A DSP Platform for Audio and Musical Instrument Effects
While at iZotope, I searched for a hardware DSP platform we could use for algorithm development as well as for prototyping hardware effects. Of course, nowadays, you can use a desktop computer, the Steinberg SDK and a VST host for algorithm development, but there’s nothing like a real hardware prototype when you want a good demo or when you really need something you can take on the road (or for making your own high-end stomp box.)
What I discovered fell into three categories:
1) Evaluation boards (EZ-Kits) from the major DSP chip suppliers – There are several issues with these, the most serious being that they are not specifically designed for audio, and very often their analog sections, including the connectors, leave much to be desired. These boards are designed for general evaluation and usually have much more stuff than you need if you’re focusing on audio. And as a result, they are often larger and more expensive than you’d like .
2) Open platform stomp-box kits – There are two that I know of, and in my opinion, both are seriously crippled in terms of resources (speed, data RAM and program storage space) and don’t handle stereo input. I don’t want to be constantly reminded how little memory or how few MIPs I have to work with. Also, I want to program in C++, not assembler. Ideally, I want my algorithm to compile either for VST or my hardware platform, so a mature tool chain is very important.
3) Third party single board computers with DSP – Again, I found none designed specifically for audio. Some have add-on “daughter cards” that support decent audio interfaces, but the resulting assemblies are expensive and unwieldy for my purposes. The form factors were not good for an audio effects unit.
I want something I can run serious audio algorithms on, drop into a project box, easily interface to user controls and prototype a real product. Bottom line: we couldn’t find what we were looking for.
Reasoning that if I was looking for such a thing in vain, others might be, I’ve partnered with AeVee Labs (folks who specialize in high-end audio DSP hardware design) to come up with a dedicated audio DSP platform. Pictured above, and code-named “Carina“, it’s a BF51XF Blackfin board designed specifically to be the DSP engine of a stereo-in, stereo-out audio signal processing box.
Enough background. Here are some hardware specifics:
Processor and memory
- BF51XF Blackfin DSP running up to 400MHz
- 256Mbit external SDRAM (32MB)
- 32Mbit external parallel Flash (4MB)
- 4Mbit external serial Flash (500KB)
- Analog Devices ADAU1361 stereo codec
- 24-bit ADC/DAC >98dB SNR, sample rates up to 96KHz
- Programmable routing options for multiple input and outputs
- 2-channels balanced inputs (two 1/4″ balanced jacks)
- Stereo unbalanced aux input (one 1/8″ stereo jack)
- 2-channels balanced outputs (two 1/4″ balanced jacks)
- Stereo unbalanced output(one 1/8″ stereo jack)
- Headphone output (one 1/4″ stereo jack)
- USB to Blackfin UART for connectivity using FTDI USB drivers
- RS-232 serial port connector option
- SPI port and all unused Blackfin GPIO available on expansion connector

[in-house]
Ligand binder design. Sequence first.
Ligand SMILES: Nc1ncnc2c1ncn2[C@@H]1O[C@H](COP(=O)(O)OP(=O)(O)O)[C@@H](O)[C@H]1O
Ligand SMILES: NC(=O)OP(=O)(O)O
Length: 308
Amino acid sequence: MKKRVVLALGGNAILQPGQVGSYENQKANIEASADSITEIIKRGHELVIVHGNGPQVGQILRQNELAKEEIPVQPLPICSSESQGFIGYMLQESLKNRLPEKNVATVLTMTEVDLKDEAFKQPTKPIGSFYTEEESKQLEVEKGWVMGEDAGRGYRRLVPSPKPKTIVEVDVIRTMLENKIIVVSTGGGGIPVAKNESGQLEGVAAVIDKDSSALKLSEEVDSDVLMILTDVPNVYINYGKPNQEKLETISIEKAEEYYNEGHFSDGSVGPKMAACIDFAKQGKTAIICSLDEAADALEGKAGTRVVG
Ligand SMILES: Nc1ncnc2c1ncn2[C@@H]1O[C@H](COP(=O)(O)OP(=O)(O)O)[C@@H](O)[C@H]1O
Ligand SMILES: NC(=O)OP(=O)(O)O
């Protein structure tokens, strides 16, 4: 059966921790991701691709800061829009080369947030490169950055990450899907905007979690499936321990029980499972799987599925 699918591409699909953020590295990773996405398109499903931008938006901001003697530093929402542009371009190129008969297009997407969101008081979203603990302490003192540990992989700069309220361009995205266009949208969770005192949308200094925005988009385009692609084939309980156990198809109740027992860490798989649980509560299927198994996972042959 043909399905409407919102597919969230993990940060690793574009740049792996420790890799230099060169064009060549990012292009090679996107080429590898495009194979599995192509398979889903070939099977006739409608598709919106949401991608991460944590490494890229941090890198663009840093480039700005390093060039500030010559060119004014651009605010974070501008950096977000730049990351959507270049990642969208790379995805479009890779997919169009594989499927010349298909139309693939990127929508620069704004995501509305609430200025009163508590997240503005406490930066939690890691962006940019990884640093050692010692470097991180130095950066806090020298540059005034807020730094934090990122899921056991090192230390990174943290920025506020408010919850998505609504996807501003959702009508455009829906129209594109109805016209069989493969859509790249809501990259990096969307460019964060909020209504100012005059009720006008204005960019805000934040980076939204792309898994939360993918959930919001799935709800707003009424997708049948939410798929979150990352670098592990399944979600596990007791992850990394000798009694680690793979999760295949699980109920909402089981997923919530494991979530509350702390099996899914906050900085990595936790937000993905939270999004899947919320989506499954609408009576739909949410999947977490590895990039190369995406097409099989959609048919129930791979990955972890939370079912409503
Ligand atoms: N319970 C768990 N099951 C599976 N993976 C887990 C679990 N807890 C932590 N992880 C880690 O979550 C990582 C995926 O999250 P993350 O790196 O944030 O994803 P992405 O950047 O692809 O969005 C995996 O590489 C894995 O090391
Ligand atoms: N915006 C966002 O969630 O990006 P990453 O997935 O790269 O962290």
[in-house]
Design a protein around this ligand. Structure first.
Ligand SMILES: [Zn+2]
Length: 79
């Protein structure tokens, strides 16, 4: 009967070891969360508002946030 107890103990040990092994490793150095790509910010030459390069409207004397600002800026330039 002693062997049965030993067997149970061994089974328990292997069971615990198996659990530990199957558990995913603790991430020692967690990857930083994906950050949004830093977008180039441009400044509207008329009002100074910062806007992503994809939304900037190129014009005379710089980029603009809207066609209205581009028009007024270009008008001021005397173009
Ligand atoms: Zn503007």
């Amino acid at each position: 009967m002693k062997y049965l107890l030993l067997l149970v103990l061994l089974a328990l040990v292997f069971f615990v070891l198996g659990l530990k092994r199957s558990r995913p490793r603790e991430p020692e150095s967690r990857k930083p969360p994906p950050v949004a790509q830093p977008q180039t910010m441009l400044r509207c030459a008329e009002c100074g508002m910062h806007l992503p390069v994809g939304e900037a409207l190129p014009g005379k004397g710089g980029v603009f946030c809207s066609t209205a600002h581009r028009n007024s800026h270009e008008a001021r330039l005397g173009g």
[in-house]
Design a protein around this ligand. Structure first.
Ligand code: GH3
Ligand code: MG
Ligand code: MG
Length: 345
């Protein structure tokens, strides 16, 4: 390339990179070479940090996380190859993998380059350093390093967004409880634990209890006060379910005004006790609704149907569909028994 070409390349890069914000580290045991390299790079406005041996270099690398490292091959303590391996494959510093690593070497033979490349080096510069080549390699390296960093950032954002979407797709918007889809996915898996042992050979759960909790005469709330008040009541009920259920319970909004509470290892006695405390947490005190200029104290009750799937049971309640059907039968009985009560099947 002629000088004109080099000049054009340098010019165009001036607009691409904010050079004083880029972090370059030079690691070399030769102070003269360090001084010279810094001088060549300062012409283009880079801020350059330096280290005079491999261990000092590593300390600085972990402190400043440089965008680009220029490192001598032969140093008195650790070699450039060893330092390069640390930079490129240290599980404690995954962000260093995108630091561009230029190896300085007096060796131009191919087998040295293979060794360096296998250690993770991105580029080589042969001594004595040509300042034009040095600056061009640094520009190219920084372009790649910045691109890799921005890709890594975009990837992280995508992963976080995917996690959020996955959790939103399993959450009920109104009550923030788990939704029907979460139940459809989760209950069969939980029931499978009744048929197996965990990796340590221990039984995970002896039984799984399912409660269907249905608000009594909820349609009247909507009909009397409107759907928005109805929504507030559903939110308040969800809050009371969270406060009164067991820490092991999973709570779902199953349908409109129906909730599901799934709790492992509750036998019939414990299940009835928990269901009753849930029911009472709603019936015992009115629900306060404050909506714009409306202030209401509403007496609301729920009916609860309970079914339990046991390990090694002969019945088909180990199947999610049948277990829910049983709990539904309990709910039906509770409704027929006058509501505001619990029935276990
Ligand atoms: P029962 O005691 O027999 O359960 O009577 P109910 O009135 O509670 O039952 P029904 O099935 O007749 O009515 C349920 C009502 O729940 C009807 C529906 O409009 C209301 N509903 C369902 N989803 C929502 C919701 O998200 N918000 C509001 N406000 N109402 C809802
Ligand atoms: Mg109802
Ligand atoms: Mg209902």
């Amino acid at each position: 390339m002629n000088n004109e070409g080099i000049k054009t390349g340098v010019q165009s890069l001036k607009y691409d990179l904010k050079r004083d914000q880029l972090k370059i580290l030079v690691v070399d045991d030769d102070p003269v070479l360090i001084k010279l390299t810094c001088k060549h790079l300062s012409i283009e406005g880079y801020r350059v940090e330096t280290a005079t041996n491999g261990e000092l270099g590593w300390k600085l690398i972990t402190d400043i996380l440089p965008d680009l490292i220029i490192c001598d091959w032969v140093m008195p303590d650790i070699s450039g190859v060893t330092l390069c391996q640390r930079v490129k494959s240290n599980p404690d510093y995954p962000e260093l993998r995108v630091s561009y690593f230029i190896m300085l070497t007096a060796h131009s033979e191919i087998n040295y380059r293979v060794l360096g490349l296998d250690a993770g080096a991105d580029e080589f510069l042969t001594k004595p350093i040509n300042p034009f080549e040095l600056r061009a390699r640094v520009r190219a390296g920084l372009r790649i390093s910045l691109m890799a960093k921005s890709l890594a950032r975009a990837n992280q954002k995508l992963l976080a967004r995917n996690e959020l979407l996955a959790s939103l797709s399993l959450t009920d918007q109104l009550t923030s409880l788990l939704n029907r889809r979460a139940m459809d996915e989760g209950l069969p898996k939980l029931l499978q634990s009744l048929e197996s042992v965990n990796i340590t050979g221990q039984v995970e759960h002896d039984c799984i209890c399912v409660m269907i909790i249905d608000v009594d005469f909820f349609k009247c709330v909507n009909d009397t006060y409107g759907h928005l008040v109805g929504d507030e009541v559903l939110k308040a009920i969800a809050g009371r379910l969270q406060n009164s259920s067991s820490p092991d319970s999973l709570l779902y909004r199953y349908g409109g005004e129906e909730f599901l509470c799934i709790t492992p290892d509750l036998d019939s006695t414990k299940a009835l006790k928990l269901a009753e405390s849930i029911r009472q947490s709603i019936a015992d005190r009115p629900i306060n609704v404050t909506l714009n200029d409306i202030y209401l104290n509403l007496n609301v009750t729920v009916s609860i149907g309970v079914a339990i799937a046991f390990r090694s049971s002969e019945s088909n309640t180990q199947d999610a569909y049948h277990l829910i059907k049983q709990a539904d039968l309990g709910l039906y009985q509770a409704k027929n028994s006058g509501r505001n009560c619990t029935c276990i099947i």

- Flexible power options including battery connection and on-board power switch
- JTAG connector
- Boot mode selector switch
Note that the layout is intended to facilitate dropping the board into an enclosure. All of the I/O (and power switch) are along two adjacent sides, so that installation into an off-the-shelf enclosure should just be a matter of drilling some holes. The enclosure dimensions need not be exact.
Where we are today:
The photo above is the real deal – the first board is up and passing audio. I’m currently working on low-level code to initialize the board’s hardware resources and to handle the basics of getting block-based audio in and out of the Blackfin efficiently. As is typical for AeVee Labs, there are so far no mistakes in the hardware.
Where we’re headed:
I envision making Carina available in two forms: First, I’d like to offer this board to those needing just what we needed at iZotope – namely, a cost-effective, powerful audio DSP platform that can be used simply for algorithm development as is, or which could be the foundation of a real product. I’ll provide a firmware framework to handle all hardware initialization and routing of audio to and from the Blackfin, and an easy drop-in architecture for mono and stereo effect “plugins”. Furthermore, the framework will route serial control messages from either the USB or the expansion SPI port to the algorithm, making it straightforward to control parameters from either a host program or a custom UI hardware board. And good documentation!
Secondly, I’d like to see a finished signal processing box, in an enclosure and complete with a general purpose user interface (pots, LEDs and a display), with the ability to create and download your own effects through the USB port. This solution would allow someone to completely focus on the algorithm component and have a great little custom audio effects unit. A stomp box on steriods!
The fly in the ointment at this point is the software development tool chain. The code is currently being developed using Analog Devices VisualDSP 5, which is great but wicked expensive. ADI recently announced a low-cost emulator, but at the moment their dev software is still big bucks. Maybe that will change…
In the meantime, there’s the free GNU tool chain. Never having used it myself, I’d love to enlist the help of those of you who have. My goal is to get to a point where someone can focus on algorithm development and where it’s easy to drop your own algorithm in a piece of powerful hardware.